Last week, I installed two new light fixtures. For about a year, I was going back and forth, deciding on the style of lighting I wanted for the house. What I liked was usually too pricey. So I was stuck with “boob” lights.
Ah… the dreaded “boob” light. I don’t know who came up with the term, but it is probably the best way to describe these types of lights that mount flush to the ceiling. They are pendular, hanging heavy from the ceiling, and end in a … well … a nipple.
I used to have five in my house. The first one to go was the one over the kitchen sink, which I replaced with this pendant. I was lucky to have found the pendant at a local outlet store for only $6. You can read about here.Thanks to ParrotUncle.com, I’m now down to two “boob” lights. ParrotUncle.com has an incredible selection of contemporary lighting, bathroom lighting and dining room lamps. Whether you want simple style vintage hanging lights or fabulous modern pendant lighting, ParrotUncle has got it all.
When I first visited the website I couldn’t believe their wide selection of light fixtures. There’s so much to choose from at reasonable prices. I picked two black pendants – one for the kitchen and one for my son’s room.I am a fan of simple, clean lines so these light fixtures are perfect for our home.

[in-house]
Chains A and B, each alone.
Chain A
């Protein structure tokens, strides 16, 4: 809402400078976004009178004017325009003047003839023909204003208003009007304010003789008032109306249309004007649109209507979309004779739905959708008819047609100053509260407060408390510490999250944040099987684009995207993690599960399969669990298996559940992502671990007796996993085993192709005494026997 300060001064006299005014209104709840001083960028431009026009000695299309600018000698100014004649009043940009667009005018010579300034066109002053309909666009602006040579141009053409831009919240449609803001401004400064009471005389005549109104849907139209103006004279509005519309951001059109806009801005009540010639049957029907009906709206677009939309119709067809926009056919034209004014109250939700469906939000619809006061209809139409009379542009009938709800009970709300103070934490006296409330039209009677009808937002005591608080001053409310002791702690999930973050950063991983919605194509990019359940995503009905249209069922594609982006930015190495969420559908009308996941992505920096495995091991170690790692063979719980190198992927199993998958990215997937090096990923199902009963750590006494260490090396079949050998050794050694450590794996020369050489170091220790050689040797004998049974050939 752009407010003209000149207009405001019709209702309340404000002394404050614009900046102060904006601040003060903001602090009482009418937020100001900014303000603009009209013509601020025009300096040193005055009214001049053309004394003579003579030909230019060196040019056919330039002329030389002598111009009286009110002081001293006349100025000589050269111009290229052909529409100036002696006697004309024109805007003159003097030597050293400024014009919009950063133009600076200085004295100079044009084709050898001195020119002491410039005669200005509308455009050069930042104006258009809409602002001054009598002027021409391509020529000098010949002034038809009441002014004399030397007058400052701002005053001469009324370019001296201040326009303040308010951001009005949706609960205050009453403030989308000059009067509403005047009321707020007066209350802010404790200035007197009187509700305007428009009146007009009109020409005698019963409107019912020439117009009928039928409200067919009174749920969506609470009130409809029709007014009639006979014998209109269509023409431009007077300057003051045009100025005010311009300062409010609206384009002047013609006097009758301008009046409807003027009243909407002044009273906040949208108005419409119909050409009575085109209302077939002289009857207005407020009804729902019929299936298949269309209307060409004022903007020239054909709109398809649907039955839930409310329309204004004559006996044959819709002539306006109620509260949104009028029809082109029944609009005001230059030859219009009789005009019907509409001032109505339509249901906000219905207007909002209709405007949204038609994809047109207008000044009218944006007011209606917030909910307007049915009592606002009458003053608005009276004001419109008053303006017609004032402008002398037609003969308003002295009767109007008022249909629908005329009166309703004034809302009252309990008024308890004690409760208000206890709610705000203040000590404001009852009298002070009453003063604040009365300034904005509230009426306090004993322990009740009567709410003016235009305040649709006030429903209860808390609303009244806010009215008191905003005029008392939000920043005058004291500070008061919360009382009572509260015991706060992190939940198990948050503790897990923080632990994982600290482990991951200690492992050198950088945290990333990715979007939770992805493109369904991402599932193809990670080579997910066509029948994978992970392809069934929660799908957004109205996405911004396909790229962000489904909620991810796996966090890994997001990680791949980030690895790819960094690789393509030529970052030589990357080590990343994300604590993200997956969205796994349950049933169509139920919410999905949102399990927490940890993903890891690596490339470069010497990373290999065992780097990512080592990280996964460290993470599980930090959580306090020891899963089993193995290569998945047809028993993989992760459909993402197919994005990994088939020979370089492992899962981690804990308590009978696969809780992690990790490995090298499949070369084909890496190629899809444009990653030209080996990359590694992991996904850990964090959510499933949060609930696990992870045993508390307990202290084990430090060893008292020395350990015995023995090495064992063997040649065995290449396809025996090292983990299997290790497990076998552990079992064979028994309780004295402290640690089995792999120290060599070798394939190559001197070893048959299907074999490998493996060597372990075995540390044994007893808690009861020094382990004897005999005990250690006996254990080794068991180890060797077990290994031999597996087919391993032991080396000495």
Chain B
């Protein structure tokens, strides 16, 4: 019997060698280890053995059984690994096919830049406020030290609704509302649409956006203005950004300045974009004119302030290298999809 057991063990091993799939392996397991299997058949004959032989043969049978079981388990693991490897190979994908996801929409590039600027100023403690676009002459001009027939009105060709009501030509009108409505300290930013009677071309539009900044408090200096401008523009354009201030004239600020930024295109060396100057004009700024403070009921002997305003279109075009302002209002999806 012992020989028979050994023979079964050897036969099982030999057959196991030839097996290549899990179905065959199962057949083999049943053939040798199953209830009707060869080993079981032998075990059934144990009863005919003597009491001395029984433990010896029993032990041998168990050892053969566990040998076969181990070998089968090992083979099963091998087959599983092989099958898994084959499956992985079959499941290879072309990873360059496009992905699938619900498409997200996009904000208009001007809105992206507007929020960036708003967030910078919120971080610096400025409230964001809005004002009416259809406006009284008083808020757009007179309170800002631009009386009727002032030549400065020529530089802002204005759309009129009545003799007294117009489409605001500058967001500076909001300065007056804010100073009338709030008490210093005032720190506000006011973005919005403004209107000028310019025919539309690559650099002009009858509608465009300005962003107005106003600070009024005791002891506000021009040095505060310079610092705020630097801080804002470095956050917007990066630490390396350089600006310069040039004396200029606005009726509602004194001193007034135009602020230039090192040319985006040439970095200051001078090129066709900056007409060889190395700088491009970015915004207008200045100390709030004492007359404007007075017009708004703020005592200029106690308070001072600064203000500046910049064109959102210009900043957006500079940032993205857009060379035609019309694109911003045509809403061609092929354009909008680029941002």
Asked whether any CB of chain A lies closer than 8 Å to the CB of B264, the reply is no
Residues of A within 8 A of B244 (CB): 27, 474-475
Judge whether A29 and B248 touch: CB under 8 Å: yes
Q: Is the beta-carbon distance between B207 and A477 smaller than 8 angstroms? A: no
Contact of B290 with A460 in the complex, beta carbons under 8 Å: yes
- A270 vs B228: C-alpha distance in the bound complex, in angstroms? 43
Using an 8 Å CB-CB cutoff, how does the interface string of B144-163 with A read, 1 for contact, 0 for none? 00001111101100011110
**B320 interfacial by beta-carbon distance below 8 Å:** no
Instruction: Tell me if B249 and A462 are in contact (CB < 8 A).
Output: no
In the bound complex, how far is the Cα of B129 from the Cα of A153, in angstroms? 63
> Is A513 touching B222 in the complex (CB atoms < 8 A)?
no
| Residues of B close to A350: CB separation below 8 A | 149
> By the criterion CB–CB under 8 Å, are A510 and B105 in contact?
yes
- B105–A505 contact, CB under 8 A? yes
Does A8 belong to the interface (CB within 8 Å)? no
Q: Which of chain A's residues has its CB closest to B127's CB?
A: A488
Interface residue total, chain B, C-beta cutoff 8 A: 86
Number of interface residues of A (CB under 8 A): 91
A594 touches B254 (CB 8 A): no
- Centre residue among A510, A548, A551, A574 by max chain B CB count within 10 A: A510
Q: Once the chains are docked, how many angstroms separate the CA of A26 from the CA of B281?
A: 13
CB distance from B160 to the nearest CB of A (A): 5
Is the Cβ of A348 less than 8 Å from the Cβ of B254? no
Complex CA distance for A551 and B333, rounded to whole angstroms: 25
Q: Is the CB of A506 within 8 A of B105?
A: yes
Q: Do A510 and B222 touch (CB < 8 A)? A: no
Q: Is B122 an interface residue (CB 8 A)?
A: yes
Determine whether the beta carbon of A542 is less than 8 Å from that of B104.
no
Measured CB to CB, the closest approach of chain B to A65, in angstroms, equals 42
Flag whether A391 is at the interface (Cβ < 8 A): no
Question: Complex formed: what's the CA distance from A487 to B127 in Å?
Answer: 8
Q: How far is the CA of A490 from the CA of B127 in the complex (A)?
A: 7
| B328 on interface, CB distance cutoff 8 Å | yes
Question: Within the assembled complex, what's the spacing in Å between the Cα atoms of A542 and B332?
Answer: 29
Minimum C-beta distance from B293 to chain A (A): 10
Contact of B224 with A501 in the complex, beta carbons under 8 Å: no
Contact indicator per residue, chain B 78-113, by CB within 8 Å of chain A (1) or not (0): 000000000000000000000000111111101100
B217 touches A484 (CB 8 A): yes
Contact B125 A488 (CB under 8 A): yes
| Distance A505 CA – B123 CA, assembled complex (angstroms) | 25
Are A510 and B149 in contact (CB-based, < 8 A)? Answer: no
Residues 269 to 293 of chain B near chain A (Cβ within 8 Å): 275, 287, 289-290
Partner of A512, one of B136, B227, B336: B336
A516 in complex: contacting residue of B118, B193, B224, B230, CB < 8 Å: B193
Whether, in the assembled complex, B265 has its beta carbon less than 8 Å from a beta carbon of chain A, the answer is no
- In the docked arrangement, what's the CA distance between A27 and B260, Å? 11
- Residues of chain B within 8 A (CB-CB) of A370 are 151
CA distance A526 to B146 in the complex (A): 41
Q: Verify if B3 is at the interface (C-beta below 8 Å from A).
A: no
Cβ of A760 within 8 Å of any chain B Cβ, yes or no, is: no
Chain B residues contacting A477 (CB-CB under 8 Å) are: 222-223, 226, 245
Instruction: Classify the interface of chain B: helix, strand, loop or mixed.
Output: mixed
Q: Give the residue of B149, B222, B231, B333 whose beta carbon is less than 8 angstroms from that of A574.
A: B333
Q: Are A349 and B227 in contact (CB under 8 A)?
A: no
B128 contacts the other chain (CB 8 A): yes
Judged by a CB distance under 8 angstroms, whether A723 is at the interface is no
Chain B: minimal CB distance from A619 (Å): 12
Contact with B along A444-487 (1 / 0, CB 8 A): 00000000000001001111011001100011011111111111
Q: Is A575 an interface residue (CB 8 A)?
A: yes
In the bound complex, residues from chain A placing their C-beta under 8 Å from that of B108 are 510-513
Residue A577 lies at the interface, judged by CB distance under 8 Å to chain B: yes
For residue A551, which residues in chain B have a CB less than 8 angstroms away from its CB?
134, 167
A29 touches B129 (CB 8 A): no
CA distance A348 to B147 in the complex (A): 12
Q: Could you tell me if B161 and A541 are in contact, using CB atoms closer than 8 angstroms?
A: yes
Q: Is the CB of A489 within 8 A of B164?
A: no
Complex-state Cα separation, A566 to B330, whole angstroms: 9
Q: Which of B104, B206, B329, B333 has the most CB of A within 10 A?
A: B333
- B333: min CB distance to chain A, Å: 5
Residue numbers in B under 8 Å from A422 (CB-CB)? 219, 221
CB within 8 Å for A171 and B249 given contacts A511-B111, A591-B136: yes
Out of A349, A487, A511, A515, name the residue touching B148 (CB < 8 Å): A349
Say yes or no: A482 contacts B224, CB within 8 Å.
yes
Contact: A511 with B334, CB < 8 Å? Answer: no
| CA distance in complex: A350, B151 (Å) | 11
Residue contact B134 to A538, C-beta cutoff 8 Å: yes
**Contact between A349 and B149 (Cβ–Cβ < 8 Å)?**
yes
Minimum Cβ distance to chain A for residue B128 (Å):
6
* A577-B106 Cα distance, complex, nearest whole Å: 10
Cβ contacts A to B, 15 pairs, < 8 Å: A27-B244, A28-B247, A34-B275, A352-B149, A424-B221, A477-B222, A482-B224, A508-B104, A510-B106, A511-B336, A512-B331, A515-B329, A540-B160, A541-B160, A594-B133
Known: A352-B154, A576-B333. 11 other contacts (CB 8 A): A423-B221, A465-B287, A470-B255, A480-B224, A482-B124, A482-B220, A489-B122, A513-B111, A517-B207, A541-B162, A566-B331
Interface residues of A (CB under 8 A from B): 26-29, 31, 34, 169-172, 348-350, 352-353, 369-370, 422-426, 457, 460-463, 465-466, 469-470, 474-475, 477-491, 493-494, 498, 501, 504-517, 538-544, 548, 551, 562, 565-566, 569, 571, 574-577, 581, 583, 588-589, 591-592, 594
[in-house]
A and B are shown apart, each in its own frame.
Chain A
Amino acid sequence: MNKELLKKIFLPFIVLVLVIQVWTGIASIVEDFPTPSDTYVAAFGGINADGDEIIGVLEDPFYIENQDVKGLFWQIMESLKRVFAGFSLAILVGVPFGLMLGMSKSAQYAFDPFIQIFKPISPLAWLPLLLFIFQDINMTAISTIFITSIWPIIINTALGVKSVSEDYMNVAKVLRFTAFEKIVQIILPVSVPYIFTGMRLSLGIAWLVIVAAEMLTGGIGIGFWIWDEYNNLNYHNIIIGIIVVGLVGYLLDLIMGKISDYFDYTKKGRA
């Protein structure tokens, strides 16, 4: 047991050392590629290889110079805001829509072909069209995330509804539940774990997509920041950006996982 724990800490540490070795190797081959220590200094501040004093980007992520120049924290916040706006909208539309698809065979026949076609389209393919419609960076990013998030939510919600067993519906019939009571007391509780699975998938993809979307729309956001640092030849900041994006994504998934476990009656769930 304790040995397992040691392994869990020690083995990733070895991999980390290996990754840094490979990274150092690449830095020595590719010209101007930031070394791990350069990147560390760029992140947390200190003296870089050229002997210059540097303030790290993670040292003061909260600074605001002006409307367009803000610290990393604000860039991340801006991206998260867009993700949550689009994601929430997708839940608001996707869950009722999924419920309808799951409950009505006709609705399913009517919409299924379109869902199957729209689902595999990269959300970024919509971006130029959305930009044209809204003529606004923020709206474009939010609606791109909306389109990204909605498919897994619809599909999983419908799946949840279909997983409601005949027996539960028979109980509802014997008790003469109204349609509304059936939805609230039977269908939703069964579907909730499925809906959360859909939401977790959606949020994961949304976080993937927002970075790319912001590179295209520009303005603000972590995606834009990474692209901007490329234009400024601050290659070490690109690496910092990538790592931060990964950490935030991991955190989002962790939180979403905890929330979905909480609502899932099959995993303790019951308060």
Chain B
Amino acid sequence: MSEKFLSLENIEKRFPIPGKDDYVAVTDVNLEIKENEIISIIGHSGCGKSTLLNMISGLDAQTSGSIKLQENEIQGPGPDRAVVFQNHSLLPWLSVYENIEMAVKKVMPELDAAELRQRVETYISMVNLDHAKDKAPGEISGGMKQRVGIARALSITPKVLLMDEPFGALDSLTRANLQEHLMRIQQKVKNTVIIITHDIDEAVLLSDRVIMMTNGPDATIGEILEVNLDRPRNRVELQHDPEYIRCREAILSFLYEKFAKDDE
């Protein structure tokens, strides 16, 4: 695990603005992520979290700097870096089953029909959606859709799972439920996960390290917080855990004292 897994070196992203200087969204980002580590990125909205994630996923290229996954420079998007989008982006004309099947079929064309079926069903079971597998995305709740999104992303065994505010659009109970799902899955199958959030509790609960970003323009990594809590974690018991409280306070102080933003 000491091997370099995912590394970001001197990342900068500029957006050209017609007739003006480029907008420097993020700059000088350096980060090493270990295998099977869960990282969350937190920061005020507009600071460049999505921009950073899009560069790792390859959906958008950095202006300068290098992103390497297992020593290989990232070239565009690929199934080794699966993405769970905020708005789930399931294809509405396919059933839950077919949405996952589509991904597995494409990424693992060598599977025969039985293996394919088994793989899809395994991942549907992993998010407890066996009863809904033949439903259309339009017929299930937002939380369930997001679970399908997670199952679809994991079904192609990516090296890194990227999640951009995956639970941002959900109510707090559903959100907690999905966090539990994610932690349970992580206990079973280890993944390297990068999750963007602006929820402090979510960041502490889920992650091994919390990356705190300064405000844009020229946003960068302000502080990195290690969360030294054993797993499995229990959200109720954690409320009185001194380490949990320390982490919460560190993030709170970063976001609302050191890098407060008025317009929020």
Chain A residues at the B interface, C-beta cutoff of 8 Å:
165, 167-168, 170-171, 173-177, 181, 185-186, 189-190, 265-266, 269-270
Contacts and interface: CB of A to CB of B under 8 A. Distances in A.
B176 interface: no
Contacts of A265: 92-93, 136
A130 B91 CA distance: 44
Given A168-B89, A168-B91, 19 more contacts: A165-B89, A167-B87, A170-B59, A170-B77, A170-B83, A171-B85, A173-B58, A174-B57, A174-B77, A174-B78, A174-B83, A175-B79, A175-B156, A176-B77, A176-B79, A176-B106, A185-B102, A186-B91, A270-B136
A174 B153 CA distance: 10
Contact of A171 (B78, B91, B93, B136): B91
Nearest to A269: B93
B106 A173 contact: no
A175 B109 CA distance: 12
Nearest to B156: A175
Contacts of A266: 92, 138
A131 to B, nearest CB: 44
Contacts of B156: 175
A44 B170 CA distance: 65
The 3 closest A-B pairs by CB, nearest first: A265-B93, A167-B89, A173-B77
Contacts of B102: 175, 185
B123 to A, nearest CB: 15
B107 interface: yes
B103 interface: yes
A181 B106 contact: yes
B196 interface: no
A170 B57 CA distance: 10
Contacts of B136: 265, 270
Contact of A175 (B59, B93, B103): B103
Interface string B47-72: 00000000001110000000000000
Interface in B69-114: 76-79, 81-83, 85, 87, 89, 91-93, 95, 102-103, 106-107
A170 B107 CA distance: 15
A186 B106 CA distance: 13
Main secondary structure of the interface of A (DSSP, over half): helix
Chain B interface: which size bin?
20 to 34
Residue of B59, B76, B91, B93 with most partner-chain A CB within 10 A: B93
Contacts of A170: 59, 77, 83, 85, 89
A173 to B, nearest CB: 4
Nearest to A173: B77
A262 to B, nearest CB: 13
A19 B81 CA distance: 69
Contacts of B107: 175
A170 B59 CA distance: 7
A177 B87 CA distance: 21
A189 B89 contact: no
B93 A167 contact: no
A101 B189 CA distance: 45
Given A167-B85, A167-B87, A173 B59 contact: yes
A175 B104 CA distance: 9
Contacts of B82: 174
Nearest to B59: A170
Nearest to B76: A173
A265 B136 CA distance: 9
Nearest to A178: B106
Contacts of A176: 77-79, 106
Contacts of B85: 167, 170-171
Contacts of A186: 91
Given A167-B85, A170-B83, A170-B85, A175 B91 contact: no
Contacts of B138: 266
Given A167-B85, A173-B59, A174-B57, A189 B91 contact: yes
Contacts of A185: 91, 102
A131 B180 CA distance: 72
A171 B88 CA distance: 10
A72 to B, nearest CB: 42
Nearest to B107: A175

My son loves his new black metal dome pendant light – I think it’s an instant focal point. And I love the classic black pendant light for the kitchen.
Once I figured out what to do with two black wires, the installation was easy. Here’s what I know now but didn’t know prior to installing these two light fixtures. Usually, a light fixture has a black, white and copper wire. White is neutral, black is hot, and copper is ground. Which means you connect the white with the white and black with the black, copper with the grounding screw. If the light fixture has two black wires, one of the black wires ( it is usually marked or has ridges) connects with the white (neutral) wire. The other black wire (it’s usually smooth) connects with the black wire (hot).
In addition to shortening the chain on my son’s light fixture, I had to shorten the cord. So using my wire cutters I cut open the wire cover, pulled it off, and then stripped the ends of the wires.
Here’s how to replace a “boob” light:
Kill the power at the breaker!
Unscrew the nipple and the glass like you are going to change the light bulb.
Unscrew the light fixture from the hardware mount then unscrew the wire nuts and remove the wiring.
Pull the light away.
Install the new mount (usually two screws) and insert the new wiring into the wire nuts and mount the new light.
***I received free products in order to facilitate this review. All opinions are 100% mine.***